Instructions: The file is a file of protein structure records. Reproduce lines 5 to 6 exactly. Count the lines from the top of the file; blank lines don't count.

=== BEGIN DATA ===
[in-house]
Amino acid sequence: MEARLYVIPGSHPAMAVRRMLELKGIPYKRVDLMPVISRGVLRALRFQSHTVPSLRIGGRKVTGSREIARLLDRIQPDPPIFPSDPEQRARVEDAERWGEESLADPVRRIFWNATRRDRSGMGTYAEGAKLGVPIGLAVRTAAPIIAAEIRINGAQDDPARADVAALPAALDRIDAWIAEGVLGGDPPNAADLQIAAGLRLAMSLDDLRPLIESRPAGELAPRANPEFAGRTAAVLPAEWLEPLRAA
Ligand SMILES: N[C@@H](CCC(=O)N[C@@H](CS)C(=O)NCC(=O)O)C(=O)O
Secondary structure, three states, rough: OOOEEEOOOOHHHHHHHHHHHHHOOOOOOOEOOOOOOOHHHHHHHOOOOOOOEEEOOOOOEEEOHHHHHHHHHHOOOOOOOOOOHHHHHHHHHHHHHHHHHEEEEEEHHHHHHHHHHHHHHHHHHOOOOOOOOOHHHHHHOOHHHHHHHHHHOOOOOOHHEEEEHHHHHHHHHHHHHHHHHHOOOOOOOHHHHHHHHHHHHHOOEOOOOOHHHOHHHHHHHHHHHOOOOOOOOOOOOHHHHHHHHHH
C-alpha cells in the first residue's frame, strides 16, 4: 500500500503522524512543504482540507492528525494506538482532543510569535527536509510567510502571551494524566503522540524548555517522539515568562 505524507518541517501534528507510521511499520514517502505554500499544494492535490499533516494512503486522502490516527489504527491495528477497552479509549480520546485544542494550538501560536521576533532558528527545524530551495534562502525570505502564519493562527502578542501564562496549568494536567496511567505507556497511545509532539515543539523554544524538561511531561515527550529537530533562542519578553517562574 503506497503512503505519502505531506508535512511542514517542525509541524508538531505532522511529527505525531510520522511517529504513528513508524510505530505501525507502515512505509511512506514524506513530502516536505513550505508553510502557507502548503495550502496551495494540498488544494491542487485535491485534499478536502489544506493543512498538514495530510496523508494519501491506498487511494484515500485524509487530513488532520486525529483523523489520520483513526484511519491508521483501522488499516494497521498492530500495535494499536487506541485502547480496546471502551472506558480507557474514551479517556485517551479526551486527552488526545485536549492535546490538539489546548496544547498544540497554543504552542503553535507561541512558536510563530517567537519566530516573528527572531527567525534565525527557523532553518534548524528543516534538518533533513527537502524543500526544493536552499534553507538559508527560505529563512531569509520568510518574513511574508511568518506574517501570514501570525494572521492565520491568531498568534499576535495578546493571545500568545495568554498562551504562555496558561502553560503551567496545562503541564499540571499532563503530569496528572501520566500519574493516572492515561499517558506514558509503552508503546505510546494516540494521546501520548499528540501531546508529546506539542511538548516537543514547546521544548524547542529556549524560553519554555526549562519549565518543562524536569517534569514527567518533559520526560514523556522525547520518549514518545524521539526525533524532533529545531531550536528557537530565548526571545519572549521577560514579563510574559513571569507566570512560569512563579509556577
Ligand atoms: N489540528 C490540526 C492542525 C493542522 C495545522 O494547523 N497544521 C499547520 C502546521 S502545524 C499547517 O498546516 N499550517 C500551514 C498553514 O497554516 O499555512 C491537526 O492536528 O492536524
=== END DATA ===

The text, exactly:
C-alpha cells in the first residue's frame, strides 16, 4: 500500500503522524512543504482540507492528525494506538482532543510569535527536509510567510502571551494524566503522540524548555517522539515568562 505524507518541517501534528507510521511499520514517502505554500499544494492535490499533516494512503486522502490516527489504527491495528477497552479509549480520546485544542494550538501560536521576533532558528527545524530551495534562502525570505502564519493562527502578542501564562496549568494536567496511567505507556497511545509532539515543539523554544524538561511531561515527550529537530533562542519578553517562574 503506497503512503505519502505531506508535512511542514517542525509541524508538531505532522511529527505525531510520522511517529504513528513508524510505530505501525507502515512505509511512506514524506513530502516536505513550505508553510502557507502548503495550502496551495494540498488544494491542487485535491485534499478536502489544506493543512498538514495530510496523508494519501491506498487511494484515500485524509487530513488532520486525529483523523489520520483513526484511519491508521483501522488499516494497521498492530500495535494499536487506541485502547480496546471502551472506558480507557474514551479517556485517551479526551486527552488526545485536549492535546490538539489546548496544547498544540497554543504552542503553535507561541512558536510563530517567537519566530516573528527572531527567525534565525527557523532553518534548524528543516534538518533533513527537502524543500526544493536552499534553507538559508527560505529563512531569509520568510518574513511574508511568518506574517501570514501570525494572521492565520491568531498568534499576535495578546493571545500568545495568554498562551504562555496558561502553560503551567496545562503541564499540571499532563503530569496528572501520566500519574493516572492515561499517558506514558509503552508503546505510546494516540494521546501520548499528540501531546508529546506539542511538548516537543514547546521544548524547542529556549524560553519554555526549562519549565518543562524536569517534569514527567518533559520526560514523556522525547520518549514518545524521539526525533524532533529545531531550536528557537530565548526571545519572549521577560514579563510574559513571569507566570512560569512563579509556577
Ligand atoms: N489540528 C490540526 C492542525 C493542522 C495545522 O494547523 N497544521 C499547520 C502546521 S502545524 C499547517 O498546516 N499550517 C500551514 C498553514 O497554516 O499555512 C491537526 O492536528 O492536524